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I was interested in the debate in the European Fisheries Committee, which by 24 votes to nil, with four abstentions, attacked the exclusive competence of the fisheries policy in the proposed European constitution as "anomalous and unjustified". Two of the Portuguese members of the Committee wanted to go further in their amendments. The impression given by the Government—that everybody else throughout the European Union is comfortable with the fisheries policy, and it would be an impossible negotiation to try to get something fundamental done about it—is misleading. There is deep dissatisfaction in many member states with that policy of despair for many, many fishing communities across Europe.

Angus Robertson (Moray) (SNP): Does my hon. Friend agree that one part of the debate that is often missed is the fact that the draft European constitution, with the exclusive competence on marine and biological resources under the CFP, could act as a disincentive for fishing nations now outside the EU to join? Does he believe that countries such as Norway and Iceland will ever join the EU if a constitution with such a provision is passed?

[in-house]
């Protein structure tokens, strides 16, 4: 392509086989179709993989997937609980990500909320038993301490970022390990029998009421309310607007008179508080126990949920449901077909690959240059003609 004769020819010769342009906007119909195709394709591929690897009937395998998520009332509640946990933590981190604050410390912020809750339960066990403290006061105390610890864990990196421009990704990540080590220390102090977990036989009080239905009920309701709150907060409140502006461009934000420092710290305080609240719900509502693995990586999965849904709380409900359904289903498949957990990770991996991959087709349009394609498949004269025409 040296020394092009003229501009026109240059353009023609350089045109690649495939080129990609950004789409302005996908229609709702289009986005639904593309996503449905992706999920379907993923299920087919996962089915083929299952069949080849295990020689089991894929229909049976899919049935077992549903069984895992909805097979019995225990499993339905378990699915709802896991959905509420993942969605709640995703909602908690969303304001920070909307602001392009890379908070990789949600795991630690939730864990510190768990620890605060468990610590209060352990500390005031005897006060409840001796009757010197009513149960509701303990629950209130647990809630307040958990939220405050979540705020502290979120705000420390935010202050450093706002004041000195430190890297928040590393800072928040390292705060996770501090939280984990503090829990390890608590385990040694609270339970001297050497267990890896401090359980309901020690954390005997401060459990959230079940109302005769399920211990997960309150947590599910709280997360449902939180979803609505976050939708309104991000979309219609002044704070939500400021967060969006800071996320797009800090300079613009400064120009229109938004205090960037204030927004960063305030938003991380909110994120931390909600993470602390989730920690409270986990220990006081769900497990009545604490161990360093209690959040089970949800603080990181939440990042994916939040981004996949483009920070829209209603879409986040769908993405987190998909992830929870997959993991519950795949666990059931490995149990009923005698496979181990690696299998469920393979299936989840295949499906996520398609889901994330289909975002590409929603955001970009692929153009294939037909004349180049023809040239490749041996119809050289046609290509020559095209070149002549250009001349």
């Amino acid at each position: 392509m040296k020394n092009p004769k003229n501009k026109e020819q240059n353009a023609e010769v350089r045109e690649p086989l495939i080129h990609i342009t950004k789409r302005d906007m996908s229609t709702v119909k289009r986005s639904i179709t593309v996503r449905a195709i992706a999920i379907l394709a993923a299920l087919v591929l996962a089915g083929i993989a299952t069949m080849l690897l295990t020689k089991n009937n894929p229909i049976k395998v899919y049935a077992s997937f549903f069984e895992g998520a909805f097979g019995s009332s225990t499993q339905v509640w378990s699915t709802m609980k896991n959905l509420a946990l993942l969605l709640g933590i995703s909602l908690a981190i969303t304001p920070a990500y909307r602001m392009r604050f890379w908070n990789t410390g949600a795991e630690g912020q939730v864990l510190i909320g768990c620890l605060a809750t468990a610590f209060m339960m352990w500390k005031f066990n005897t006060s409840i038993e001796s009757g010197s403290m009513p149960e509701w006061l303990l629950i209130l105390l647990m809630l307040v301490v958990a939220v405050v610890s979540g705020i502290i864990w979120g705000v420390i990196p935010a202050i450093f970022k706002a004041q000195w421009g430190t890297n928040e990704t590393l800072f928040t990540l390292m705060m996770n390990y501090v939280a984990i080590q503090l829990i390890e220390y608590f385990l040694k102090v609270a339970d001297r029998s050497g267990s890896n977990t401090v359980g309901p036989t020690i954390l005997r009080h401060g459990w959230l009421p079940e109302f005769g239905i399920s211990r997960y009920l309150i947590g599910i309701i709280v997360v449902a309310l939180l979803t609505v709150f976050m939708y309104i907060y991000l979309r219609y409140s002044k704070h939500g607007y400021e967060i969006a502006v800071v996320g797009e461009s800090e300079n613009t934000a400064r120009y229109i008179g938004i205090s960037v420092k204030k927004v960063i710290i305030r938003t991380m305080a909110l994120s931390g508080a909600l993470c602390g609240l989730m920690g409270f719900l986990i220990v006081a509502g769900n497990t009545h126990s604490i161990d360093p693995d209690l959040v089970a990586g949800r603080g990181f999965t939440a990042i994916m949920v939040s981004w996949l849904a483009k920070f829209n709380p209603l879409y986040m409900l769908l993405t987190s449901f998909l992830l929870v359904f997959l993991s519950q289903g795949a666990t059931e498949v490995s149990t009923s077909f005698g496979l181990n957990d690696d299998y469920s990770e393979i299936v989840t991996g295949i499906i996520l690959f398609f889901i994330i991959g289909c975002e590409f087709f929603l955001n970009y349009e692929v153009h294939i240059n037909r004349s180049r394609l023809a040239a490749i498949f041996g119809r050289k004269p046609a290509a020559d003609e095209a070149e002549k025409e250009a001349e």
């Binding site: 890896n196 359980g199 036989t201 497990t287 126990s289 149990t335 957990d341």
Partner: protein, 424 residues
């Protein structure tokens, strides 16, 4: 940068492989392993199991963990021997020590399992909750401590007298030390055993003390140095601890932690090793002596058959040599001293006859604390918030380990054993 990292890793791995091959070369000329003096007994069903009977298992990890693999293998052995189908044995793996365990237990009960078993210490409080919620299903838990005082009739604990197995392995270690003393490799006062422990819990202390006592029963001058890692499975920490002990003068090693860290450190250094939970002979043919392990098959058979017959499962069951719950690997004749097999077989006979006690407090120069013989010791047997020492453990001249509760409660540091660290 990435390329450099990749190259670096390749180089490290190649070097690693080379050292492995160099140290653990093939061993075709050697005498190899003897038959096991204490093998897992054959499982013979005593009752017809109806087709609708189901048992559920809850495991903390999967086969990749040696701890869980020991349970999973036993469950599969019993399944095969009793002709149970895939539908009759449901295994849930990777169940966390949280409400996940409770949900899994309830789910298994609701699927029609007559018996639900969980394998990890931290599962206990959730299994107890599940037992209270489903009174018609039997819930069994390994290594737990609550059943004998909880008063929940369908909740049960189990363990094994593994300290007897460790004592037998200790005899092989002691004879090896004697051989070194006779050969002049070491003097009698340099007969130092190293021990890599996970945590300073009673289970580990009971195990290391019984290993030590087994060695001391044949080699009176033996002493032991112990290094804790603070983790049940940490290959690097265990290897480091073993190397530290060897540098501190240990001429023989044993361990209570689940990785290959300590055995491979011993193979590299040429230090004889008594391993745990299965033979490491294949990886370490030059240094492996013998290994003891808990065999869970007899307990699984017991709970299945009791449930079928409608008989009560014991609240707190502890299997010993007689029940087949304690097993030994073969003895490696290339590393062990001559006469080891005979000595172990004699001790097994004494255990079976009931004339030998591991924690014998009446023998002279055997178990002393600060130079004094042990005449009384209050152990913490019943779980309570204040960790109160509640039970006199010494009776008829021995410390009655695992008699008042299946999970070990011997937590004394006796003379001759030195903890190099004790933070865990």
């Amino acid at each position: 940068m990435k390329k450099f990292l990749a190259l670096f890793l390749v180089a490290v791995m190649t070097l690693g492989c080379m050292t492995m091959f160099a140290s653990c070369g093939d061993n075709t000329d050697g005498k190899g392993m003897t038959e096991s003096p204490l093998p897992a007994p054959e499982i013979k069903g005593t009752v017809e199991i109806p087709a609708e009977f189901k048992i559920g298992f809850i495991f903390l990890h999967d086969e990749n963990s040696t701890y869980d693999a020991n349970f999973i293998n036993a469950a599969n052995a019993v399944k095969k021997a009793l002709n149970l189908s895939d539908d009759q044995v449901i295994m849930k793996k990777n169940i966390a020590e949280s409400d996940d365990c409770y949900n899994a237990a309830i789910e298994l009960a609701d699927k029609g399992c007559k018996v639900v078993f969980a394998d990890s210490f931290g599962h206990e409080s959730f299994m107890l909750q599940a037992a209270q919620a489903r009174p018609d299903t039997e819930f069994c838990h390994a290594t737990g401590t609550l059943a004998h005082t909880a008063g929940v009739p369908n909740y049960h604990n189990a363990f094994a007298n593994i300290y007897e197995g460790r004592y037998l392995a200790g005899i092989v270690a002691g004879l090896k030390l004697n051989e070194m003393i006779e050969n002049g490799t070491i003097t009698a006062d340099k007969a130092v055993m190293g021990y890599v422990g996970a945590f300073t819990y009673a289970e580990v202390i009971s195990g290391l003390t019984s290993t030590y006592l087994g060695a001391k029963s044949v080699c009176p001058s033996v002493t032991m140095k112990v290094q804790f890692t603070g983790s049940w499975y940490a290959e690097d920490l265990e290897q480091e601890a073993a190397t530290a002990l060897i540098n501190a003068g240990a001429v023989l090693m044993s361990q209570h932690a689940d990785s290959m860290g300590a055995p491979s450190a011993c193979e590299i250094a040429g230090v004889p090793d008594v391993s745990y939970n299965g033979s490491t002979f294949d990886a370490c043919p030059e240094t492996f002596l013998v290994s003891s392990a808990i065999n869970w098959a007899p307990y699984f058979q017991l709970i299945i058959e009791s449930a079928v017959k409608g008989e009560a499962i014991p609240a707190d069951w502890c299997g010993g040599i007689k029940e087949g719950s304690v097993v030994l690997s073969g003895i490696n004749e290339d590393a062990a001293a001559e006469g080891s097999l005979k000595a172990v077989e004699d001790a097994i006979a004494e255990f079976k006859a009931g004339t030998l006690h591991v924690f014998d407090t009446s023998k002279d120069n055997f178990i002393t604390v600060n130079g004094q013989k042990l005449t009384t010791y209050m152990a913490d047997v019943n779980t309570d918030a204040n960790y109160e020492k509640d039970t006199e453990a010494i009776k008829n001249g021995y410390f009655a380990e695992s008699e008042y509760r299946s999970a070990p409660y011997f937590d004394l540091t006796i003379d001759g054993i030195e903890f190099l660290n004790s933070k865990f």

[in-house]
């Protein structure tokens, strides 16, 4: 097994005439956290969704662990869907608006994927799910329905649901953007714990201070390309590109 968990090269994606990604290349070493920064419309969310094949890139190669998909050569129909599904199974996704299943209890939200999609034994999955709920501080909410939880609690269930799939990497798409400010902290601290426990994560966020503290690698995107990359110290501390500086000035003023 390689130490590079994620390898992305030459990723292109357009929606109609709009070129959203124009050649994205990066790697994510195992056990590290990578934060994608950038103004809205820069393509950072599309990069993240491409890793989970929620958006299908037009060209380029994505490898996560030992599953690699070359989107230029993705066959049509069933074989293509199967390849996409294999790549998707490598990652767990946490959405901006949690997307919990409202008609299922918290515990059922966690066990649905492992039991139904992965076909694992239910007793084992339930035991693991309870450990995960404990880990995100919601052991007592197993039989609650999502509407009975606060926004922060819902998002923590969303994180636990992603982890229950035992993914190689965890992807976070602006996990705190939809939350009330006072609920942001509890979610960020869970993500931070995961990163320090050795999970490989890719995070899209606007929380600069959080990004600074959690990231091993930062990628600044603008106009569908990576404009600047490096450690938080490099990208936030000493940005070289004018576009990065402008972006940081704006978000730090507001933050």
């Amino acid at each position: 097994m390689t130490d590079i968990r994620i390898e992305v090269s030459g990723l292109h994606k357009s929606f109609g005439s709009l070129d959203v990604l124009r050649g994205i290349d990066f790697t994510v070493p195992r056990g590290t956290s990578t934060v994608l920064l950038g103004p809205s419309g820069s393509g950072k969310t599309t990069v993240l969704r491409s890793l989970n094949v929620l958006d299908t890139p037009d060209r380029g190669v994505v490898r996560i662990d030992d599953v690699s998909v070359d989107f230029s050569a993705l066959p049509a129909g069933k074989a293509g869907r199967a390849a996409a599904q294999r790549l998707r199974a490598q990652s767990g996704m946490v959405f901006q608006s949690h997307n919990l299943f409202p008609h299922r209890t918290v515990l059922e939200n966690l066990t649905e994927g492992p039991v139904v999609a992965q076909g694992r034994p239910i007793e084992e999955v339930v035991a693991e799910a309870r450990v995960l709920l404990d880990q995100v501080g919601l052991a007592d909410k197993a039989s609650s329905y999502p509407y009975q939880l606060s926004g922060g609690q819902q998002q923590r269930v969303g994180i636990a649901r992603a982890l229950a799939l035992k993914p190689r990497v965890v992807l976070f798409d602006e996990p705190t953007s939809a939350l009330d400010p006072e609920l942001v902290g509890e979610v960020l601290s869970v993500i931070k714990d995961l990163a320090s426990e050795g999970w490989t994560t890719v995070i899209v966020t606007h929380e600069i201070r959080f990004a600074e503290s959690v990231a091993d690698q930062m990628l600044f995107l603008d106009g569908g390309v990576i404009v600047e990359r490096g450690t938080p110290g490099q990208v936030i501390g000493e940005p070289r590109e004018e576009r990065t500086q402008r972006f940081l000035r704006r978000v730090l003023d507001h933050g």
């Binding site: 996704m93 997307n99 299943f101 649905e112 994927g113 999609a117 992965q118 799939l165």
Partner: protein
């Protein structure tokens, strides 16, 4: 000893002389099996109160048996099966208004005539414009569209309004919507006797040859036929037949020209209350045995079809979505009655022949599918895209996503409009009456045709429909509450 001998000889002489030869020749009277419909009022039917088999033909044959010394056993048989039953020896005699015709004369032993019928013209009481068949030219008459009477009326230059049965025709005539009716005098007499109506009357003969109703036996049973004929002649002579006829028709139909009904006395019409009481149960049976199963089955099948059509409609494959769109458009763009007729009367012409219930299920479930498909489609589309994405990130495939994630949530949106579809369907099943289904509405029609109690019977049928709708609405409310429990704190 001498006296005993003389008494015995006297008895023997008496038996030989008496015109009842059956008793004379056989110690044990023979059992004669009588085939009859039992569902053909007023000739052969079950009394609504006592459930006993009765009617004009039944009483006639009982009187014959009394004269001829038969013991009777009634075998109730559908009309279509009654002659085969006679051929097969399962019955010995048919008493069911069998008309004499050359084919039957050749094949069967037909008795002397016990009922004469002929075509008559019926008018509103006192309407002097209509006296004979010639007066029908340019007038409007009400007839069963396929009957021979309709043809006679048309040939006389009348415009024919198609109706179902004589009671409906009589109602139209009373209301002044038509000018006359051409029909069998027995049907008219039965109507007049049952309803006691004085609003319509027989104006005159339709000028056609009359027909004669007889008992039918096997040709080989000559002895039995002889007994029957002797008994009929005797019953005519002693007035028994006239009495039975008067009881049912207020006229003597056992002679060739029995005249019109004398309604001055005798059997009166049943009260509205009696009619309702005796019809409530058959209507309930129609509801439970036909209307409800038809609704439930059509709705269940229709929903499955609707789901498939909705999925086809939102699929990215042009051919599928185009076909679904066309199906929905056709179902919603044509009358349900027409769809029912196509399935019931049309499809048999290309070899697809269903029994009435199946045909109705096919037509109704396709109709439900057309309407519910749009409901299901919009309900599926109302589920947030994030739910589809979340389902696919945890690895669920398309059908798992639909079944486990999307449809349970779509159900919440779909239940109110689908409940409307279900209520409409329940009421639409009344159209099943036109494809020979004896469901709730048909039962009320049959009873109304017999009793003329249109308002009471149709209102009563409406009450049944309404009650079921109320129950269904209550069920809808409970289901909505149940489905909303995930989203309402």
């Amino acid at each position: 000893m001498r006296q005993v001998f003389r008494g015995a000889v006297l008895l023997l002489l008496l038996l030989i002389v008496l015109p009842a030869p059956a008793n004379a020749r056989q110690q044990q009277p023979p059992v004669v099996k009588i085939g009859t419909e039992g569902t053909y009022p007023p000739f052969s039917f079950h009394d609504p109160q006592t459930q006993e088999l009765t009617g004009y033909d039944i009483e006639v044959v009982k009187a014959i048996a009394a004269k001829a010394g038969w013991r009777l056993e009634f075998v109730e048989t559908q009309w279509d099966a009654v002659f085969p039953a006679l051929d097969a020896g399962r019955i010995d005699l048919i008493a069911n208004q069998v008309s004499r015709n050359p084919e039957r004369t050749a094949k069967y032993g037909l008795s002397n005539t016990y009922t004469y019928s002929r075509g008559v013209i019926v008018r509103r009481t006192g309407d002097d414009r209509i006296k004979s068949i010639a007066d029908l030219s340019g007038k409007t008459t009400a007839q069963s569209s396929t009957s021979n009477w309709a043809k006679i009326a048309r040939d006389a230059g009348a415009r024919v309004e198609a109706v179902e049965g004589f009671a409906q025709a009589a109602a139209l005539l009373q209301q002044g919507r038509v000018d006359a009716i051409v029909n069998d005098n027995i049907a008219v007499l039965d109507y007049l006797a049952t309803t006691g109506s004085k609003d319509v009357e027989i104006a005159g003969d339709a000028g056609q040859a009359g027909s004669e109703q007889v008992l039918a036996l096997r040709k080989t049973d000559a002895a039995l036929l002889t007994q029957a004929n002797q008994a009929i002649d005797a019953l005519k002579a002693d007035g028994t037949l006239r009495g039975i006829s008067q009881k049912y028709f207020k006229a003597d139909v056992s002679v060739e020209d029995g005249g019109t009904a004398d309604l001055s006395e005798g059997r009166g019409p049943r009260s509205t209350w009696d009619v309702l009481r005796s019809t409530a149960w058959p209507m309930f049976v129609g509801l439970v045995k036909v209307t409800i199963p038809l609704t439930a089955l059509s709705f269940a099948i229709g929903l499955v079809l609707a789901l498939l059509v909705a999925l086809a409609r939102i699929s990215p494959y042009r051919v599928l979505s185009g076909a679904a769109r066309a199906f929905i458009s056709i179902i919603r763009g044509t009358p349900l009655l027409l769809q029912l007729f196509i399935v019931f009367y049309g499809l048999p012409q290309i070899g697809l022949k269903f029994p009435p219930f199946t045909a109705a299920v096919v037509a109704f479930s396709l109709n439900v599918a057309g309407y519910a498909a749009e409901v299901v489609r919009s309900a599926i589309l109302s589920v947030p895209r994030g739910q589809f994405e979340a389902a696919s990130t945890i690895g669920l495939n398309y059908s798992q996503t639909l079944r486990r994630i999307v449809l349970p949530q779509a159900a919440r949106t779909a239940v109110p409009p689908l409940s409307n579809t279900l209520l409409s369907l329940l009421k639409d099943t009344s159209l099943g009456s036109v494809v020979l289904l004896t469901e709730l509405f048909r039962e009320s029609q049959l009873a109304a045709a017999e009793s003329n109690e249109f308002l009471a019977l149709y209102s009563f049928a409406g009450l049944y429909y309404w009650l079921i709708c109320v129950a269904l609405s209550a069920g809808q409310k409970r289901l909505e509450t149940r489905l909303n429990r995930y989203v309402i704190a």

Mr. Salmond: The point is well made. I do not think there is any chance of Norway, Iceland or the Faroes joining the European Union if the Union tries to maintain exclusive competence over fisheries. If we look at the European constitution, we can see just how ridiculous the position is. There are four exclusive competences in the EU, in addition to the competition laws necessary for the single market to which Lady Thatcher signed us up. The first three are the customs union, which was the very foundation of the Common Market; common commercial policy, without which there could not be a European Union; and monetary policy, for member states whose currency is in it. The Government, who criticise others for wanting to opt out of the common fisheries policy, are happy to continue almost indefinitely opting out of monetary policy, which seems to me slightly more fundamental to the future of the EU than the fisheries policy. Lastly, there is the conservation of marine biological resources under the common fisheries policy.